By Rie Conley

I moved to South Hurst the week before the world shut down for the worst pandemic in a century. The city is growing quickly with new stores and housing developments, and home values have almost doubled in the nearly three years I have lived in this area. 

The day I moved in, most of the street came in to greet me. This was a huge change from the anonymity that was living in the Alliance region of Fort Worth for the previous decade.

I quickly learned that small town charms can be had within the Metroplex in this little suburb that is centrally located between the urban areas of Fort Worth and Dallas. The town bound together during this trying time to make masks, educate about the many resources offered by the town, support small businesses that prop up this town and so much more. 

We then got hit hard by Winter Storm Uri with many of the residents being without electricity for anywhere between four days to almost a week. People opened their homes to their neighbors, checked on more vulnerable residents and helped with cleaning up the debris caused by the storm. 

​When a church that spread hateful messages entered our community, there was a strong pushback from the residents. Residents went out and protested every week, eventually getting them evicted from the area due to their violent messaging from the pulpit and on the streets. The residents ensured that bigotry didn’t have a home here.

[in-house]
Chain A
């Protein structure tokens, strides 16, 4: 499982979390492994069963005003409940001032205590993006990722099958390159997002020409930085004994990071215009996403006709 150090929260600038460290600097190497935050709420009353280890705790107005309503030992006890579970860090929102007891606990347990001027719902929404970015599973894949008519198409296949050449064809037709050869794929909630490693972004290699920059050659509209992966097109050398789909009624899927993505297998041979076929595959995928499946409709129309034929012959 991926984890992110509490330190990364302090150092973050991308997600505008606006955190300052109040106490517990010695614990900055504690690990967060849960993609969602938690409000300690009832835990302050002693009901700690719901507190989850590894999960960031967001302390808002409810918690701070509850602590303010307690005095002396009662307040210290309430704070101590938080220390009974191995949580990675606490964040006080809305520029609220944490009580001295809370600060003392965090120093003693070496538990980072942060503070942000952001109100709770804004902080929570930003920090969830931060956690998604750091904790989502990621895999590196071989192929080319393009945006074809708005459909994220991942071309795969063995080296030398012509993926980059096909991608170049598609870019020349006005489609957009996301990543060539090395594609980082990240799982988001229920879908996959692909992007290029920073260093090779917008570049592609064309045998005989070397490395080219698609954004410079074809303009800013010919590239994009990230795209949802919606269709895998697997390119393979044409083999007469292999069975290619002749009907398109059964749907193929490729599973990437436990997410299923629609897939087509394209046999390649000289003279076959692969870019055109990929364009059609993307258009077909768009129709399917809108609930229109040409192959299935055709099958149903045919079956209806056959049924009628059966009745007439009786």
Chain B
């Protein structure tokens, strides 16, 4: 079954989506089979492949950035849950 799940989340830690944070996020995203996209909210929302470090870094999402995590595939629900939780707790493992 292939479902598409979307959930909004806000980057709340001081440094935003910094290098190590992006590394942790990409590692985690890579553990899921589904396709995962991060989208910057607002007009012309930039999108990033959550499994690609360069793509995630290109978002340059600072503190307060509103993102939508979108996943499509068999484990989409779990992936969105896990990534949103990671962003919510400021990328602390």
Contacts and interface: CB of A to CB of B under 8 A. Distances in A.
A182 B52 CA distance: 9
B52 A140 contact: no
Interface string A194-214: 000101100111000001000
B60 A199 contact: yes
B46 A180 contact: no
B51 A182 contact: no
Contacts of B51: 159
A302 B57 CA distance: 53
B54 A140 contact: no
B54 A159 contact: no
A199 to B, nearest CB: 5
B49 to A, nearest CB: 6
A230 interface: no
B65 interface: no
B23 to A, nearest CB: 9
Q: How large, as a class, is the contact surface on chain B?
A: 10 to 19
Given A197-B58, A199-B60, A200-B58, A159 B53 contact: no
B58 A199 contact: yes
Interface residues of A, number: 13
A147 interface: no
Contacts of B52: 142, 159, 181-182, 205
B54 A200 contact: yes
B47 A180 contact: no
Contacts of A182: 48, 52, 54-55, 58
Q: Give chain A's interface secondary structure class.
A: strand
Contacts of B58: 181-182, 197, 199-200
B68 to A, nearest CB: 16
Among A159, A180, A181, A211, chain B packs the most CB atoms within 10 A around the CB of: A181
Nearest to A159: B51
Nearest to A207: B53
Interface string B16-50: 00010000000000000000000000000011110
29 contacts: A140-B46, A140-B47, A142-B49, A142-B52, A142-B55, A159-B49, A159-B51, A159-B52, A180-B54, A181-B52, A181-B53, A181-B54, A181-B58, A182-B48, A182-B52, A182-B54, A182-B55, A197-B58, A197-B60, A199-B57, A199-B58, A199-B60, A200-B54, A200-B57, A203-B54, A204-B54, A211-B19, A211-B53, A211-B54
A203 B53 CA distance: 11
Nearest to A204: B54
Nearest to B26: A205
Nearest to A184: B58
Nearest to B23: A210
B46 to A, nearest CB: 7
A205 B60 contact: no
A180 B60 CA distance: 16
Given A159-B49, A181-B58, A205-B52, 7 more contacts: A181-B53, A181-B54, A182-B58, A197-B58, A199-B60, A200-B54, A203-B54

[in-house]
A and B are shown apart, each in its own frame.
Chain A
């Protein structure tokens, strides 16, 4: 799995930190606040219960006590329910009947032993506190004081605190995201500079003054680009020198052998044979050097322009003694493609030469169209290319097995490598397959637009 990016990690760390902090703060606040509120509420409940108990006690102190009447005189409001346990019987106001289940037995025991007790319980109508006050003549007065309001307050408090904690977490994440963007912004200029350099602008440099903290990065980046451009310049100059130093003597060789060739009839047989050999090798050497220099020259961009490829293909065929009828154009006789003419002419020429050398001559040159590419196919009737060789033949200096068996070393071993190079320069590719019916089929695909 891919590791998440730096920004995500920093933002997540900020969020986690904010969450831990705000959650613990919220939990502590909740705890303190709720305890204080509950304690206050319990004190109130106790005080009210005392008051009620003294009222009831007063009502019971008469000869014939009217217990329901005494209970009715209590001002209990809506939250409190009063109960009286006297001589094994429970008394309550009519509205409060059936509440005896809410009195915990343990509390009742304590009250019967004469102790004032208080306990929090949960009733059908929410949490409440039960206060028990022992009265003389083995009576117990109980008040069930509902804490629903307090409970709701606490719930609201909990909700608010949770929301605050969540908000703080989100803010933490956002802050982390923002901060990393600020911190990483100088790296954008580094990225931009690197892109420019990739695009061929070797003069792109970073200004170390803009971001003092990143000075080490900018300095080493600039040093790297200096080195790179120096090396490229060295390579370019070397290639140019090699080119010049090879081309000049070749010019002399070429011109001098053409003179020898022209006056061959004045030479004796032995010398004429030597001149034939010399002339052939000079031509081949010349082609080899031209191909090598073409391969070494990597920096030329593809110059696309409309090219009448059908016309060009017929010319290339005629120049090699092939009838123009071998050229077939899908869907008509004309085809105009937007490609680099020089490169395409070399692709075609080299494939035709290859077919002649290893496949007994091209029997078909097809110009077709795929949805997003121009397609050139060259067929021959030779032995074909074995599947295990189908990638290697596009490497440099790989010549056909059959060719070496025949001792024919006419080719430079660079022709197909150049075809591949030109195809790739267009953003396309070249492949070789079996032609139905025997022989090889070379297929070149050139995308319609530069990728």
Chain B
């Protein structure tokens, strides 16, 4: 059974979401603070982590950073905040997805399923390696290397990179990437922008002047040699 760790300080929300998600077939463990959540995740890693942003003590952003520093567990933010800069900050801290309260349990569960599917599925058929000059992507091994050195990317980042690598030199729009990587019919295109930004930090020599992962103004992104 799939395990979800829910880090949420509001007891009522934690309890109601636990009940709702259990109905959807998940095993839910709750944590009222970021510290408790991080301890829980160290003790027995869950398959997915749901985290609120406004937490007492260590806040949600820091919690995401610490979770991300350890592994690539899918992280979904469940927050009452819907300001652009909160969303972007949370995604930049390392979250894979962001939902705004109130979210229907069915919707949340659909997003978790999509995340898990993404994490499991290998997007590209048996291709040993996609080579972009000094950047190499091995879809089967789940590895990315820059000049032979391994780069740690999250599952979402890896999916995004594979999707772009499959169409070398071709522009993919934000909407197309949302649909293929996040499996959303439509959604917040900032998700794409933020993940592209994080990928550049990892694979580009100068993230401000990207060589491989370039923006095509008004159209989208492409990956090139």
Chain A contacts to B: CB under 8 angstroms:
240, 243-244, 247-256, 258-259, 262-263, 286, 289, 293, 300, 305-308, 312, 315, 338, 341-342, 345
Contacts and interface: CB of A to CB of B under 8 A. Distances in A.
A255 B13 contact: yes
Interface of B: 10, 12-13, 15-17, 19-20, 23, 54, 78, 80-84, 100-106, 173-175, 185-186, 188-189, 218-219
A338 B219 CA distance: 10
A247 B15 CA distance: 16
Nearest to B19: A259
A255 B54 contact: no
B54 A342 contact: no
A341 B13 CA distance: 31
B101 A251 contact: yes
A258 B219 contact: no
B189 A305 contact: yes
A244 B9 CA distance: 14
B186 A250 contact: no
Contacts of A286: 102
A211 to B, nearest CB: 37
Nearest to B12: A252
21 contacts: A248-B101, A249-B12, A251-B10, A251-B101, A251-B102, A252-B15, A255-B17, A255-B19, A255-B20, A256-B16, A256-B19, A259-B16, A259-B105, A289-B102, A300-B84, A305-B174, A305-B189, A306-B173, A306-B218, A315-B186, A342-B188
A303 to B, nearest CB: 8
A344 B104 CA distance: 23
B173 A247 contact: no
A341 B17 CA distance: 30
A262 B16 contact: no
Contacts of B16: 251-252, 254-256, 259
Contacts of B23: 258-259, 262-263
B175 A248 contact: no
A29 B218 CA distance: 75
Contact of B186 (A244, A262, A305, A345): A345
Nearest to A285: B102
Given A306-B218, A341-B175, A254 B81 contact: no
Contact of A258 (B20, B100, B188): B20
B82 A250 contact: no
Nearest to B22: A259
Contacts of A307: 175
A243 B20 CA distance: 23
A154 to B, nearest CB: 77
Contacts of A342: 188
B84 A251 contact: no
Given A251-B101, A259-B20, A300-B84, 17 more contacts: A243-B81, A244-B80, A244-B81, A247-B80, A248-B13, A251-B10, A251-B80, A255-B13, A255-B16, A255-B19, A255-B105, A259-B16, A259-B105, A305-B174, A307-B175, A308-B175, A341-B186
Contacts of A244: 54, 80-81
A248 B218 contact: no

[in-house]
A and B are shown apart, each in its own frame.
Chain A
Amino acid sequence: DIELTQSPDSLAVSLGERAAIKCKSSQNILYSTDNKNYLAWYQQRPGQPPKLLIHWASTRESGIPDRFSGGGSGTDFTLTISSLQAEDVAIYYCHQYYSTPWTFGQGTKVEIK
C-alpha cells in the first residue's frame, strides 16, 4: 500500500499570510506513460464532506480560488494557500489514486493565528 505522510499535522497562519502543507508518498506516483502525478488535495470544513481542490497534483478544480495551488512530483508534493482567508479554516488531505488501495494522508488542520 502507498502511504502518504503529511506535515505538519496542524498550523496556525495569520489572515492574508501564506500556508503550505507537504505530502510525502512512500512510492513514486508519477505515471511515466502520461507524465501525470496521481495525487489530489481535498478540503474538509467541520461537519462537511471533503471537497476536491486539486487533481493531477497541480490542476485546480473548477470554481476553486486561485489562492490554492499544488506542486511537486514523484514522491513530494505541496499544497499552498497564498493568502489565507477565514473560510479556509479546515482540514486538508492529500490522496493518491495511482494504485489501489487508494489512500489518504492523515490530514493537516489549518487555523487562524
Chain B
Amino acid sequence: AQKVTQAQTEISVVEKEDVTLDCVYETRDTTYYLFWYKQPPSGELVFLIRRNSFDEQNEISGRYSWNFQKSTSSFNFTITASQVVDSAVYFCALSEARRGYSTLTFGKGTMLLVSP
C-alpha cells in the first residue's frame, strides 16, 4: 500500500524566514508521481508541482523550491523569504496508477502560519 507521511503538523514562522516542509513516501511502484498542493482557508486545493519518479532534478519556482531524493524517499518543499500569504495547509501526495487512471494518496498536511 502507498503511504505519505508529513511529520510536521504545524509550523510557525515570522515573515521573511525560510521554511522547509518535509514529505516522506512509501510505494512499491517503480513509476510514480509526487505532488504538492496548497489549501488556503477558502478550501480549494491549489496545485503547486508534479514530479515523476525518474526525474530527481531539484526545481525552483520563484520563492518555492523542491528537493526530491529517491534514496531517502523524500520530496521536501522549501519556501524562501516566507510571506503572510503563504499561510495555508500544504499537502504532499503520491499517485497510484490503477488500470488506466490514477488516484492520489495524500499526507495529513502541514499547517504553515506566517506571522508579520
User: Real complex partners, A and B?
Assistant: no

​The city is filled with resources for all. The senior citizen center is filled with activities for older residents while the recreation center has many classes for all from the youngest of us to the oldest. Tarrant County College has a campus here that allows many an affordable way to have the opportunity for new, more lucrative careers. 

There are a lot of resources available for anyone who needs them. Central Arts has an outdoor food pantry that doesn’t require you to even speak to anyone to get a meal from its fridge and shelves. 6 Stones helps the elderly, veterans and others with necessary home repairs and connects the community with resources for food and clothing.

​If I could sum up Hurst in one word, it would be resilience. That resilience relies on the deep community ties within the neighborhood.

Rie Conley is a science teacher at Northstar School in Arlington. She has lived in Hurst since 2020. 


Total population: 38,783
Female: 50% | Male: 50%

0-9: 14%
10-19: 13%
20-29: 13%
30-39: 13%
40-49: 12%
50-59: 13%
60-69: 11%
70-79: 8%

High school: 23%
Some college: 33%
Bachelor’s degree: 23%
Post-graduate: 9%

White: 58% | Asian: 4% | Black: 9% | Hispanic: 24% | Two+ races: 3%

Click on the link to view the schools’ Texas Education Agency ratings:

Creative Commons License

Republish our articles for free, online or in print, by following our guidelines.

Avatar photo

Haley SamselEnvironmental Reporter

Haley Samsel is the environmental reporter for the Fort Worth Report. You can reach them at Her coverage is made possible by a grant from the Marilyn Brachman Hoffman...